Allied Dunbar Assurance Plc v Homebase Ltd

CourtCourt of Appeal
Docket NumberCase No: A3/2001/1021
JudgeLord Justice Chadwick
Judgment Date17 May 2002
JurisdictionEngland & Wales
Neutral Citation[2002] EWCA Civ 666

[2002] EWCA Civ 666

IN THE SUPREME COURT OF JUDICATURE

COURT OF APPEAL (CIVIL DIVISION)

ON APPEAL FROM THE CHANCERY DIVISION

MR BERNARD LIVESEY QC

(sitting as a Deputy High Court Judge)

Royal Courts of Justice

Strand,

London, WC2A 2LL

Before

Lord Justice Simon Brown

Lord Justice Chadwick and

Lady Justice Hale

Case No: A3/2001/1021

Between
Homebase Limited & ANR
Defendant/Appellants
and
Allied Dunbar Assurance PLC
Claimant/Respondents

Mr J McDonnell QC & Mr G van Tonder (instructed by Messrs Russell Jones & Walker) for the Appellants

Mr M Barnes QC & Miss T Scott (instructed by Messrs Nabarro Nathanson) for the Claimant/Respondent

Lord Justice Chadwick
1

This is an appeal against an order made on 11 April 2001 by Mr Bernard Livesey QC, sitting as a Deputy Judge of the High Court in the Chancery Division, in proceedings brought by Allied Dunbar Assurance Plc as landlord of commercial premises at Wolverhampton. The premises are held by the appellant, Homebase Limited, under a lease for a term of 25 years from 24 June 1985. The lease includes a covenant by the tenant not to underlet the premises without first obtaining the consent of the landlord. The covenant is subject to a proviso which is intended to control the terms of any permitted underletting. A proviso of that nature is, I think, in common use in commercial leases—see, for example, the forms of lease in volume 22(2) of The Encyclopedia of Forms and Precedents (fifth edition, 1997 reissue). The appeal raises a short question as to the extent to which the proviso in this lease has effect.

2

The covenant not to underlet is contained in clause 3(32)(C) of the lease. So far as material the clause is in these terms:

"Not to underlet the whole or any part of the demised premises without first obtaining the prior consent of the Landlord (such consent not to be unreasonably withheld or delayed) provided that

(a) …

(b) any underlease … shall not be granted at a rent of less than the full market rent reasonably obtainable without taking a fine or premium

(c) any such underlease … shall contain covenants by the underlessee and its successors in title … with the Tenant and its successors in title in the same form (mutatis mutandis) as the covenants on the part of the Tenant contained in this Lease

(d) neither the Tenant nor any person deriving title under it (including any undertenant whether immediate or not) will (but without prejudice to the foregoing) underlet or part with possession of the whole of the premises thereby demised for a term which shall extend beyond any date on which the rent hereby reserved is to be varied as herein provided unless such underletting or parting with possession shall include provisions to the effect that the rent thereby reserved shall be subject to review on the dates on which the rent hereby reserved is to be varied to the intent that the rent reserved on and after any of the dates on which the rent hereby reserved is to be varied shall not be less than the full market rent obtainable without taking a fine or premium in respect of the premises comprised in such underlease calculated as at the dates on which the rent hereby reserved is to be varied …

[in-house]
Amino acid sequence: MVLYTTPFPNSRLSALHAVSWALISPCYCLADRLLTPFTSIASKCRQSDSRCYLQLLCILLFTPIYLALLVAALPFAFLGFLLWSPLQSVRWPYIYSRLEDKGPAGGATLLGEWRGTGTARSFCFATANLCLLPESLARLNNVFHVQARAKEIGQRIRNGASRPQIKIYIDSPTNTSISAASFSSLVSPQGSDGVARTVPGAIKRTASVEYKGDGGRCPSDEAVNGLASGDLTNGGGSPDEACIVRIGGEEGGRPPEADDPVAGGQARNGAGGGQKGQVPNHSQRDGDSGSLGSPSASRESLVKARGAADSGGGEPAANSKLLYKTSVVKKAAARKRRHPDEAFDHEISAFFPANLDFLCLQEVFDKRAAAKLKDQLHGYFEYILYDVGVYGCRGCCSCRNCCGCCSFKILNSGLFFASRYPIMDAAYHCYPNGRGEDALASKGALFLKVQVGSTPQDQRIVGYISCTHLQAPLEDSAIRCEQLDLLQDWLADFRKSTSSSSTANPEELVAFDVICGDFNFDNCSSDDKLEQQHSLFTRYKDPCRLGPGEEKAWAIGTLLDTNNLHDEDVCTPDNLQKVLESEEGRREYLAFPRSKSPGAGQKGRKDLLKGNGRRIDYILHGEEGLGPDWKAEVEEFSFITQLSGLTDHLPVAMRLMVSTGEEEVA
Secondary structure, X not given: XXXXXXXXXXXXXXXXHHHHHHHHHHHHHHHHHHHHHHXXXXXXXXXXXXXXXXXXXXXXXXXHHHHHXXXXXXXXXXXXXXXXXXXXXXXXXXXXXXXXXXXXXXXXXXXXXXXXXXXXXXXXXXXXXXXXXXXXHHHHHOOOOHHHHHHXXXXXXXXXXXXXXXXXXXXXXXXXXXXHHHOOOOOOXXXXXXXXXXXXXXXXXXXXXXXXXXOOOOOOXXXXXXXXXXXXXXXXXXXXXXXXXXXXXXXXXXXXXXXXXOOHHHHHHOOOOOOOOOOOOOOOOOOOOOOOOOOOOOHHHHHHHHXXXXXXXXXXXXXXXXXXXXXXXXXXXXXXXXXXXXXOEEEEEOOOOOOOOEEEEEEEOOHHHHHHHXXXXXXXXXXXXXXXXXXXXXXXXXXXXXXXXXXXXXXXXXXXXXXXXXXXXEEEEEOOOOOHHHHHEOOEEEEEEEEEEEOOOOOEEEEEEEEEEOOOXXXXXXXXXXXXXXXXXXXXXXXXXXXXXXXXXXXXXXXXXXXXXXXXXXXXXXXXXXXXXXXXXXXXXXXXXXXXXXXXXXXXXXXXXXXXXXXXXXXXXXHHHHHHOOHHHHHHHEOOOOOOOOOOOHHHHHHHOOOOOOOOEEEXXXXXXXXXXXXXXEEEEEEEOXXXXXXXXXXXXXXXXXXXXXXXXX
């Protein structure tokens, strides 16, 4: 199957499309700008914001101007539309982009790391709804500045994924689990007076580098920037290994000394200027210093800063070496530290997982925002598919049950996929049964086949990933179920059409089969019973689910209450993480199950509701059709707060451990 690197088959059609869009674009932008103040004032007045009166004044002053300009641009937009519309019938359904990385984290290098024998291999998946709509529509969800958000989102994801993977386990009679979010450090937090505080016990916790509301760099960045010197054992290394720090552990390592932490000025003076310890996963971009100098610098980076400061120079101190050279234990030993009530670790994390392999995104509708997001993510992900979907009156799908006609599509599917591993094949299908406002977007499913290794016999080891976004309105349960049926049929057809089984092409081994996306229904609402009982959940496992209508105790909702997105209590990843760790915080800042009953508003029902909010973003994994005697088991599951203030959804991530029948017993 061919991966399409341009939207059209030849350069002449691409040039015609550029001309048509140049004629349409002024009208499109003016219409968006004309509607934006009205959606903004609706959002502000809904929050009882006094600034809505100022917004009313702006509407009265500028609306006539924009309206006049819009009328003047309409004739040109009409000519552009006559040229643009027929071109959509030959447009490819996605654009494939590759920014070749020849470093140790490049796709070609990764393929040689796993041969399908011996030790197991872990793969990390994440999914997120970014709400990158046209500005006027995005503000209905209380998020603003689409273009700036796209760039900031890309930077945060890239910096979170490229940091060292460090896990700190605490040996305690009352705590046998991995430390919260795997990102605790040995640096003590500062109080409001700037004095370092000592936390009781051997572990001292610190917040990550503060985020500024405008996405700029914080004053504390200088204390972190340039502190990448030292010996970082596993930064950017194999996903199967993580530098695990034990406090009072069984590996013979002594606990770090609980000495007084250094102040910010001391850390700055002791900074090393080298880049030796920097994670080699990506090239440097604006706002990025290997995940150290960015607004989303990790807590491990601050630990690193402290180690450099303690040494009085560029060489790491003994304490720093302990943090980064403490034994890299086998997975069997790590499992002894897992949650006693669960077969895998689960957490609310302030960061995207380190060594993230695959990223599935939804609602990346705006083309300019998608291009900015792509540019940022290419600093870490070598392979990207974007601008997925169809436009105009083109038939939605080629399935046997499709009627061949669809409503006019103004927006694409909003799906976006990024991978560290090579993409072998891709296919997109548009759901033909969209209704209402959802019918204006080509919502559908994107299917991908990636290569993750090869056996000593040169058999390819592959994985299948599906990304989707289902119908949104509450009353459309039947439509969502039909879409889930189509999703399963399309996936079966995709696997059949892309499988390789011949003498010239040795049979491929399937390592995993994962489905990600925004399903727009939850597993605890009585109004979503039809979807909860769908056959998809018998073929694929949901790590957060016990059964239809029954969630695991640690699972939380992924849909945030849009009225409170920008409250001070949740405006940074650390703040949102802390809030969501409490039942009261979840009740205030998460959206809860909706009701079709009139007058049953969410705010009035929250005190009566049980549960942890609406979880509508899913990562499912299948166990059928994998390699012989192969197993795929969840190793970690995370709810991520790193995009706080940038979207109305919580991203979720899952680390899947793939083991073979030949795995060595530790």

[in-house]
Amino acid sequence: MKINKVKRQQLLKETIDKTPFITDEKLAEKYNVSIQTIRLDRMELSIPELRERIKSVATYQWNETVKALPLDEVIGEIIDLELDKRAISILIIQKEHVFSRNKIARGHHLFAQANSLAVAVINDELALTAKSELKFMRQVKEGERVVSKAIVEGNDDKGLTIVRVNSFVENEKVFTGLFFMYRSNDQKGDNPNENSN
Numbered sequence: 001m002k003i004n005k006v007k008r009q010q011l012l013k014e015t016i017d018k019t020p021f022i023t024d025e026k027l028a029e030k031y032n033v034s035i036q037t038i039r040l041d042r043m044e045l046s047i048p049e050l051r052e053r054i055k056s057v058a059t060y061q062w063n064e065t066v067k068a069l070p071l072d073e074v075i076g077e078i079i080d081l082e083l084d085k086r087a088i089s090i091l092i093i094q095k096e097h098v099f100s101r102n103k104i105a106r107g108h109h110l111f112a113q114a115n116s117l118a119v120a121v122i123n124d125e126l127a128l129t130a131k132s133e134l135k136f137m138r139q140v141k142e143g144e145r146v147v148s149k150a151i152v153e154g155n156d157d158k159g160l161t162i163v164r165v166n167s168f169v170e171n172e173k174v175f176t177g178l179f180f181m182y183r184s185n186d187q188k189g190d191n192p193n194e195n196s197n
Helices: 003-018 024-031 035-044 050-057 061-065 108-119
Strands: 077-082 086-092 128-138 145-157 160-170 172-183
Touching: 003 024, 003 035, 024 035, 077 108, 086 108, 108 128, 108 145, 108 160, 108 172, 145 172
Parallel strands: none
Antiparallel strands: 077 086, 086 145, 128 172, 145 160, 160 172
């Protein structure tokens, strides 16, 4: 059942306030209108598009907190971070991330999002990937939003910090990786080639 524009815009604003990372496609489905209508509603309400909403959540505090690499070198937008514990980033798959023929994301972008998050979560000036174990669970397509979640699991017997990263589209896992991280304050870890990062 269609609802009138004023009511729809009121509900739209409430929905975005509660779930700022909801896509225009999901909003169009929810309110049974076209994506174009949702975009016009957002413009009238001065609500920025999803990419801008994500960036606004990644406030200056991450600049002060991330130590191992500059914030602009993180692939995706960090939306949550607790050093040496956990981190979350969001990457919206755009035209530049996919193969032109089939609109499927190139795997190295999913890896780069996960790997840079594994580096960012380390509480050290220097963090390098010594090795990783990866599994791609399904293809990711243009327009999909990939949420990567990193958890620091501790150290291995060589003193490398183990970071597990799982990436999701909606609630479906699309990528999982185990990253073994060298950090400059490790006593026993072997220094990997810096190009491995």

…"

3

The covenant contains a qualification, in express terms, that the landlord's consent is not to be unreasonably withheld. If it had not been expressed that qualification would have been implied—see section 19(1) of the Landlord and Tenant Act 1927. It is not in dispute that the purpose of the proviso which follows was to restrict the circumstances in which the tenant could properly apply for consent to an underletting—see Bocardo SA v S & M Hotels Limited [1980] 1 WLR 17. The principal issue on this appeal is whether the appellant, as tenant, has succeeded in avoiding the restriction which the proviso is intended to impose by including provisions, which (if included as covenants in the proposed underlease and not expressed to be personal to the immediate parties) would fail to meet the requirements of the proviso, in a separate deed collateral to the proposed underlease and expressed to have effect only as between the appellant and the proposed underlessee personally.

The underlying facts

4

The lease was granted to Homebase, then known as Texas Homecare Limited, on 6 January 1986. The premises demised by the lease, Unit 1, Bilston Road, Wolverhampton, were part of what the judge described as "a first generation retail warehouse scheme". They were used by Homebase as a DIY retail store until the middle of 1998. The lease, together with leases of a number of similar retail stores from which Homebase was then trading, was placed on the market. There was little demand for warehouse units of that type; but, by the end of 1999, the agents had attracted a potential purchaser, Lairdale Limited. Lairdale sold furniture under the trade name "Furniture to Go".